It's is a full-featured office suite that you can use to create text documents and Web pages, spreadsheets, slide presentations, and drawings and images. Its three main distinguishing characteristics are that it handles (opens and creates) Microsoft Office formats, as well as nearly 200 other formats; its price is microscopic compared to Microsoft Office; and it runs on Linux, Lindows, and Solaris as well as Microsoft Windows . And for anyone who's experienced Microsoft's licensing fees and regulations, OpenOffice.org is a breath of fresh air on that front too.
Applications and Features
There are four main applications:
Built into some or all of the applications are the following features and add-ons:
OpenOffice.org 1.0.1 is the current release at the time this book was written. OpenOffice.org is pretty much the same as StarOffice; OpenOffice.org 1.0 corresponds roughly to StarOffice 6.0. OpenOffice.org and StarOffice started from the same piece of code. Since then, Sun has been working on StarOffice, and an organization of open source programmers, has been working on OpenOffice.org. So there are some differences between them, but they're basically the same program.
Additional Release With New Features
Mere hours before sending this book to print, build 643 was released. Key features include a macro recorder and native PDF. For more information, and to download build 643, see http://www.openoffice.org/dev_docs/source/643/release_notes.html.
Participating in Creating OpenOffice.org
When was the last time you sent a Microsoft Word feature request to Bill Gates and got him to put it in?
How You Can Get Involved
OpenOffice.org is open source, which means anyone can develop and add features. If you want something in the software and you can code, then you can participate. You can also participate in the QA and documentation process, as well. Go to http://www.openoffice.org/contributing.html and http://www.openoffice.org/about.html to learn more.
Learning About Newly Developed Features
Sign up for the email@example.com mailing list, at www.openoffice.org.
Differences Between StarOffice and OpenOffice.org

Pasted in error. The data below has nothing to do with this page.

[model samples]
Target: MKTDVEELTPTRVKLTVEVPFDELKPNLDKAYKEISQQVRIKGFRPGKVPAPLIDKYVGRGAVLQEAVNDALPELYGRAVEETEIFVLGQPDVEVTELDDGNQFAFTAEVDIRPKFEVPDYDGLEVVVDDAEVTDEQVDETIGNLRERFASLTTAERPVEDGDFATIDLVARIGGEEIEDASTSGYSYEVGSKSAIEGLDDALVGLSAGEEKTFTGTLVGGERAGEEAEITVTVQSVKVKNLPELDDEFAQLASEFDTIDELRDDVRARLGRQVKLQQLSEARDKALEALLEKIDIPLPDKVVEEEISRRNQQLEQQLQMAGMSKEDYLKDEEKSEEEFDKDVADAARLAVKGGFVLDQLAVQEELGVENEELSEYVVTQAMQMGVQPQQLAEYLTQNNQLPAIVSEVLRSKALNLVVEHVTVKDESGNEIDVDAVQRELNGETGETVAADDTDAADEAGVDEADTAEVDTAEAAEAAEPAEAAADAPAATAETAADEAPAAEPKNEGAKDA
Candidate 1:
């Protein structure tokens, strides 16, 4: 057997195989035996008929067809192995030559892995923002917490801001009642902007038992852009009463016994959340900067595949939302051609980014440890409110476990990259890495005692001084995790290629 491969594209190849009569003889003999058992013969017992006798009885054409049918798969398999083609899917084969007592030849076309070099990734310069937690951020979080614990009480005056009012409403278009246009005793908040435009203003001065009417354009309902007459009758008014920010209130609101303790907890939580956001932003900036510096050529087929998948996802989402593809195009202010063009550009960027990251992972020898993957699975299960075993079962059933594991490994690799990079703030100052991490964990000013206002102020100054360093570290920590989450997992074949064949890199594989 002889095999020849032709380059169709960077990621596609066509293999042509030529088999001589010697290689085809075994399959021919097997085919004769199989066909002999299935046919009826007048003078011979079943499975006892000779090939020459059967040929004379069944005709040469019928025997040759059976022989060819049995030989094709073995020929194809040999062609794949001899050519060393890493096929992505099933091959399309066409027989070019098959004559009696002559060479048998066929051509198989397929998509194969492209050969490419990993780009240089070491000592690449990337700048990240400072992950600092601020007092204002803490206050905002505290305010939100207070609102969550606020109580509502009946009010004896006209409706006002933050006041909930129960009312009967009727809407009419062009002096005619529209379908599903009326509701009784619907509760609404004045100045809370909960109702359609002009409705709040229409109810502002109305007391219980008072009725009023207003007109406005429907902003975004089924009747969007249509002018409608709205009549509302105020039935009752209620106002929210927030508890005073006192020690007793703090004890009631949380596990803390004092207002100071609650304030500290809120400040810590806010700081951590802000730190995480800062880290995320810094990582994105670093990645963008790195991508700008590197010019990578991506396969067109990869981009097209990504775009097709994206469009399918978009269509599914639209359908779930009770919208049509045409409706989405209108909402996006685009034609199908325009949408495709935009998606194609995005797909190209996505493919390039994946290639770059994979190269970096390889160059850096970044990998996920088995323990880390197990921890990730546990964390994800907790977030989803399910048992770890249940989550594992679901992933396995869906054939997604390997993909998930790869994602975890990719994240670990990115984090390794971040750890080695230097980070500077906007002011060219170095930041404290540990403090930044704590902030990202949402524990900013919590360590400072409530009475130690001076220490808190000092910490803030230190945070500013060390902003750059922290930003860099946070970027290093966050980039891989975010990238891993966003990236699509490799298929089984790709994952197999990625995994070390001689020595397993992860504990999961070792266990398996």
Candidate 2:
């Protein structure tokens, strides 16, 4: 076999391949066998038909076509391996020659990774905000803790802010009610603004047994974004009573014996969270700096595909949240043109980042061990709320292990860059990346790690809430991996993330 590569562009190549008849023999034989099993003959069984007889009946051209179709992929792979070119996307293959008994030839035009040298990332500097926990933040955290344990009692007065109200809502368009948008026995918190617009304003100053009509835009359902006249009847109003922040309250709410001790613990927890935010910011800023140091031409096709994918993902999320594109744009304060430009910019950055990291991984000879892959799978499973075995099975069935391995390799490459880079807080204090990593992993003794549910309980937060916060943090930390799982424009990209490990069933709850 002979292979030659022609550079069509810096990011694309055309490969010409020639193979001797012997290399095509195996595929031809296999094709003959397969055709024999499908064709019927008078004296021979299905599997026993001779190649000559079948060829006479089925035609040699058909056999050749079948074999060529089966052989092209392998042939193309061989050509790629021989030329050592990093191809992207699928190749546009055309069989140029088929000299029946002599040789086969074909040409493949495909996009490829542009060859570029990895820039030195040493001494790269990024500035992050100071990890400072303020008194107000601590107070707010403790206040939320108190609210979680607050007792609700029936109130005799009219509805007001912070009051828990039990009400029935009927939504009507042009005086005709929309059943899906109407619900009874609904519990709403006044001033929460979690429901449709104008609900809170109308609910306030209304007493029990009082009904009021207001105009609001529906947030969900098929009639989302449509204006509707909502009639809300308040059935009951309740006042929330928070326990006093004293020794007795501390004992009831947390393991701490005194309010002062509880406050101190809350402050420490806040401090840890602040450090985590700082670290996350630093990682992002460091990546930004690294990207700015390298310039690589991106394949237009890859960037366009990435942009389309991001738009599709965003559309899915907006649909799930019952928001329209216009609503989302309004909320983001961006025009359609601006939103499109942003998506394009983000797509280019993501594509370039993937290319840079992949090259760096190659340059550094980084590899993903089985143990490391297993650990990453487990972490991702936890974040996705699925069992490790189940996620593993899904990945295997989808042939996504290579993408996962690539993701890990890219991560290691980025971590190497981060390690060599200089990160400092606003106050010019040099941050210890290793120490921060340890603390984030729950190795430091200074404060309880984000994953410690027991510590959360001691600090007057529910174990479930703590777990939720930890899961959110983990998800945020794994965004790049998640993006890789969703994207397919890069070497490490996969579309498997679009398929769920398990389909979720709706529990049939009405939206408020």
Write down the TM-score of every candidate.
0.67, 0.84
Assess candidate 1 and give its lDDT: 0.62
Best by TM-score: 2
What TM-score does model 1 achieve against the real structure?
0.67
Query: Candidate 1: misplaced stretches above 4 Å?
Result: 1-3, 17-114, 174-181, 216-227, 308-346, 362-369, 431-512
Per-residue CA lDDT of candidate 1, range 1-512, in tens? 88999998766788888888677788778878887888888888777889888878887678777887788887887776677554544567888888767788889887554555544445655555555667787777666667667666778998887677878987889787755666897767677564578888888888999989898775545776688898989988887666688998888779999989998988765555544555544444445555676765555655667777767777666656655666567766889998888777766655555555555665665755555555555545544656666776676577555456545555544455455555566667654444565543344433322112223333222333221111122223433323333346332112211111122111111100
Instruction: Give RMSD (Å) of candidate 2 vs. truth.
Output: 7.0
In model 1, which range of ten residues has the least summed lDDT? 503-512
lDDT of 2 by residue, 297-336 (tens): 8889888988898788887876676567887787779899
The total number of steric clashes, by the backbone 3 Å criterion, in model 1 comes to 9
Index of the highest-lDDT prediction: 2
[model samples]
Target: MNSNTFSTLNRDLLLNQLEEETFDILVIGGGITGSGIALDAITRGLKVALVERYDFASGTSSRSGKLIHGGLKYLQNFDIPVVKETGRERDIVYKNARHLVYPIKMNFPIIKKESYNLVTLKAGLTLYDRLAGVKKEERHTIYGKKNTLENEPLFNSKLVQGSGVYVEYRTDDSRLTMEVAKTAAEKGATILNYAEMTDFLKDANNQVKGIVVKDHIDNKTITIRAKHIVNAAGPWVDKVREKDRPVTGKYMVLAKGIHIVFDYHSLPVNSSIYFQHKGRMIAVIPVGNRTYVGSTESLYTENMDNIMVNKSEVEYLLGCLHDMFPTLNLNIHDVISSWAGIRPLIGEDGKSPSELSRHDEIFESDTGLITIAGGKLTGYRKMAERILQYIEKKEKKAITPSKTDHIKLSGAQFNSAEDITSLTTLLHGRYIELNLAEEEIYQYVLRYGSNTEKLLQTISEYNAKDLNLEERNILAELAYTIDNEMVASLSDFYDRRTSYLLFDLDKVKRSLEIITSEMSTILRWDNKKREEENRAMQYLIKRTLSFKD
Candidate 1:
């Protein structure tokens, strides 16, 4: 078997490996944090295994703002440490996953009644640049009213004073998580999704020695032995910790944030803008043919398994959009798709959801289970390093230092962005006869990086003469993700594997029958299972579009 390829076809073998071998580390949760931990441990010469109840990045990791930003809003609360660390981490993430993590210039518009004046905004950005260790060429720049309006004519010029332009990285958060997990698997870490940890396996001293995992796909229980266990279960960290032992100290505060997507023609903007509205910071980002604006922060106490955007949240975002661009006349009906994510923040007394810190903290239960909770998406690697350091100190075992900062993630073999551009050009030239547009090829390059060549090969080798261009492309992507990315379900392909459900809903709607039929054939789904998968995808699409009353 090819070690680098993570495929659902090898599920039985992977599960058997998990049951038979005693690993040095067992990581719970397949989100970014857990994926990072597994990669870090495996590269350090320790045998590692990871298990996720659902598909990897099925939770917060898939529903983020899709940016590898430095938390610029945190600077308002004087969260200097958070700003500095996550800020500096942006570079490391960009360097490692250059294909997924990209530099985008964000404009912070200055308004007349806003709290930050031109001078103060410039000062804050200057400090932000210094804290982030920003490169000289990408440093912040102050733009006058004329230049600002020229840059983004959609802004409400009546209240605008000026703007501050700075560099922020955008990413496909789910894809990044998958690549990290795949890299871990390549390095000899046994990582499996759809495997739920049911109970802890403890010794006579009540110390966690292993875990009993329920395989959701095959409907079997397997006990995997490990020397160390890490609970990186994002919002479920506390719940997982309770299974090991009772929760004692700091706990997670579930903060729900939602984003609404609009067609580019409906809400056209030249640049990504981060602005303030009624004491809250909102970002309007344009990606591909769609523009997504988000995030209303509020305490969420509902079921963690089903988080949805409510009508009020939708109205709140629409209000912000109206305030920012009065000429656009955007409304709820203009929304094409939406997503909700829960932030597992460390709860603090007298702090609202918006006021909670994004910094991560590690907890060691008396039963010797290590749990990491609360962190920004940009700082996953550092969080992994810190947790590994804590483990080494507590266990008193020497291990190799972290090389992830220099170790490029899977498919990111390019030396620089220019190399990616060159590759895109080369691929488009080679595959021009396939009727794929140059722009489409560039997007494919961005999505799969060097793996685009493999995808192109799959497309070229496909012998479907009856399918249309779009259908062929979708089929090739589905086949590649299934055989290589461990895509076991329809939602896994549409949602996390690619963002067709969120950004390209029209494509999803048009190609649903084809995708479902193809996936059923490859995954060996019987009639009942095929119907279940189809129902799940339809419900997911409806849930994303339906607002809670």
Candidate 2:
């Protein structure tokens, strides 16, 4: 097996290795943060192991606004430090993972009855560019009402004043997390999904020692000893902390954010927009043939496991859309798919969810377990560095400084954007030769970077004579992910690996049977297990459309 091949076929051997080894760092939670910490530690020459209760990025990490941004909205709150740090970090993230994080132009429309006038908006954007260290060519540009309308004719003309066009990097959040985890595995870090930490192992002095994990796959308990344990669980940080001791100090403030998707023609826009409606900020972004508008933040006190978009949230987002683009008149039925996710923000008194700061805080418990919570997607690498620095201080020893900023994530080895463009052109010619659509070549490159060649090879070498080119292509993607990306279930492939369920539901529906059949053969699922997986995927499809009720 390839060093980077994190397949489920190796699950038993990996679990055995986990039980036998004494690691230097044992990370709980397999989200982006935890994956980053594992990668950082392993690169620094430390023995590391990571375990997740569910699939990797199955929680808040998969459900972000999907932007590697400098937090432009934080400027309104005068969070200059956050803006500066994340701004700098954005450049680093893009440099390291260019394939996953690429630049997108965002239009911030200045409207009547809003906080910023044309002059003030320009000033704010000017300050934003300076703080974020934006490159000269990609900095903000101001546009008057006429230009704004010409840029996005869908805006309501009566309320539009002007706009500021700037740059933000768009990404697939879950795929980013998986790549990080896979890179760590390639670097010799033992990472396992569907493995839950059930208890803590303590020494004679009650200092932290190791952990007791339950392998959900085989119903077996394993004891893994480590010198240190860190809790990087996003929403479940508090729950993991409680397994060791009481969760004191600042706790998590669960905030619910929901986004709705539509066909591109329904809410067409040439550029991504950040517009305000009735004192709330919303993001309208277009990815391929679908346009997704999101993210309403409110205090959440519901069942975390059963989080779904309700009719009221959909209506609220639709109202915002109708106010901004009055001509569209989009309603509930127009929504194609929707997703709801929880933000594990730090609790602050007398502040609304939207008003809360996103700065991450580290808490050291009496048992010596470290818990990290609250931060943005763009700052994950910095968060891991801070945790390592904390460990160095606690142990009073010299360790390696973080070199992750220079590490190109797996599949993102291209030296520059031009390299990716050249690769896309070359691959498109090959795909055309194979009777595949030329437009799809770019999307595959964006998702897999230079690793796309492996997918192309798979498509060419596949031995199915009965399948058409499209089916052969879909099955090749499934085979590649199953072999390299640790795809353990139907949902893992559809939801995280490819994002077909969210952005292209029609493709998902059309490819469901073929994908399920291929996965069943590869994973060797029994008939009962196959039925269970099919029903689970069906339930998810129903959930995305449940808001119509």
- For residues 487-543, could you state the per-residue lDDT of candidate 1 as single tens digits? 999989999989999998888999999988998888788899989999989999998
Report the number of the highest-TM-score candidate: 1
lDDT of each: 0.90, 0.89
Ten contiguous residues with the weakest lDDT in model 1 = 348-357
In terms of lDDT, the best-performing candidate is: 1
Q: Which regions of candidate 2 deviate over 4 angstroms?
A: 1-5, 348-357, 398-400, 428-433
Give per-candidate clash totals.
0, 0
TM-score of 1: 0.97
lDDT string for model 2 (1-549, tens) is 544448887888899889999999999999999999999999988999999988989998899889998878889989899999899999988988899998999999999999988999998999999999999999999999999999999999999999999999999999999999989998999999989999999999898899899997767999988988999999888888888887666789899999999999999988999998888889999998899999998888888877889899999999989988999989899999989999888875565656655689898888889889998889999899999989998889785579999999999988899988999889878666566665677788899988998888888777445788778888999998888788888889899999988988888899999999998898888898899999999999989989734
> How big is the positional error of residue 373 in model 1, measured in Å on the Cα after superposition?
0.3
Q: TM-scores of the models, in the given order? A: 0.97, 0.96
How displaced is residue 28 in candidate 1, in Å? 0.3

StarOffice 6.0 is a commercial product aimed at organizations and consumers while OpenOffice.org 1.0 is aimed at users of free software, independent developers and the open source community.
There is an ongoing partnership between Sun and the Open Office community, to develop OpenOffice.org. Sun pays some of the programmers as well as for the www.openoffice.org site. Improvements to OpenOffice.org typically are incorporated into StarOffice where possible, and vice versa, where possible.
Figure 1-1 on page 9 shows the same document in StarOffice and in OpenOffice.org. The key difference is that while the features are generally the same, anything that's a third-party addon in StarOffice, such as the Adabas database or the WordPerfect filter, is missing or different in OpenOffice.org.
Figure 1-1. The same document in StarOffice and OpenOffice.org
The StarOffice spellchecker is an addon feature, created by a third party. Since this feature couldn't be licensed under open source, the OpenOffice.org spellchecker is different. You might notice some differences if you use both programs.
The source code available at OpenOffice.org does not consist of all of the StarOffice code. Usually, the reason for this is that Sun pays to license third party code to include in StarOffice that which it does not have permission to make available in OpenOffice.org. Items in StarOffice but not in OpenOffice.org include:
StarOffice 6 for Windows has WordPerfect filters; these are proprietary to a third party so could not be included in the open source product. Star Office 6.0 for UNIX does not have WordPerfect filters included with it. However, a libwpd-based filter has been written for OpenOffice.org's Writer application. Screenshots and downloads available at http://libwpd.sf.net.libwpd is a generic library for importing (and exporting, eventually) WordPerfect files into another application.
You'll also see occasional differences in the layout of windows, such as where a certain checkbox option appears, but usually not differences in the options available in a window.
All development on platforms beyond Solaris, Linux, and Windows is being done by OpenOffice.org.
You can find out about features on firstname.lastname@example.org; to sign up for this or other mailing lists, go to http://www.openoffice.org/mail_list.html.
OpenOffice.org on Other Platforms
Porting projectsswitching OpenOffice.org over to work with other platformshave been going on for a while. The one receiving the most attention at the time this book was written is the Mac OSX porting project. In May 2002 OpenOffice.org released a pre-alpha "Developer Build" for OpenOffice.org on Mac OSX., targeted at developers familiar with developing for the Mac OS X platform.At that time, the download was available at http://porting.openoffice.org/mac/ooo-osx_downloads.html It's also on the CD included with this book.
For information on other porting projects, go to http://porting.openoffice.org/
OpenOffice.org Templates and Other Extras
All the templates, etc. in StarOffice don't come with OpenOffice.org. However, Travis Bauer's Web site, www.ooextras.org, has what might be called a plethora of templates and other "extras." The OpenOffice.org team has also put together a separate set of templates. They're on the CD included with this book.
You can see all template links, including templates created by the authors, at www.getopenoffice.org/templates.html
Reference Documentation: API and DTD
The OpenOffice.org API is available through www.openoffice.org. Contact that site for information about joining an OpenOffice.org project.
To get the DTD, the definition of the document formats, go to http://xml.openoffice.org. Go to the Documentation and Resources section, then follow the link to the DTD.
Developers should also go to http://api.openoffice.org, in particular: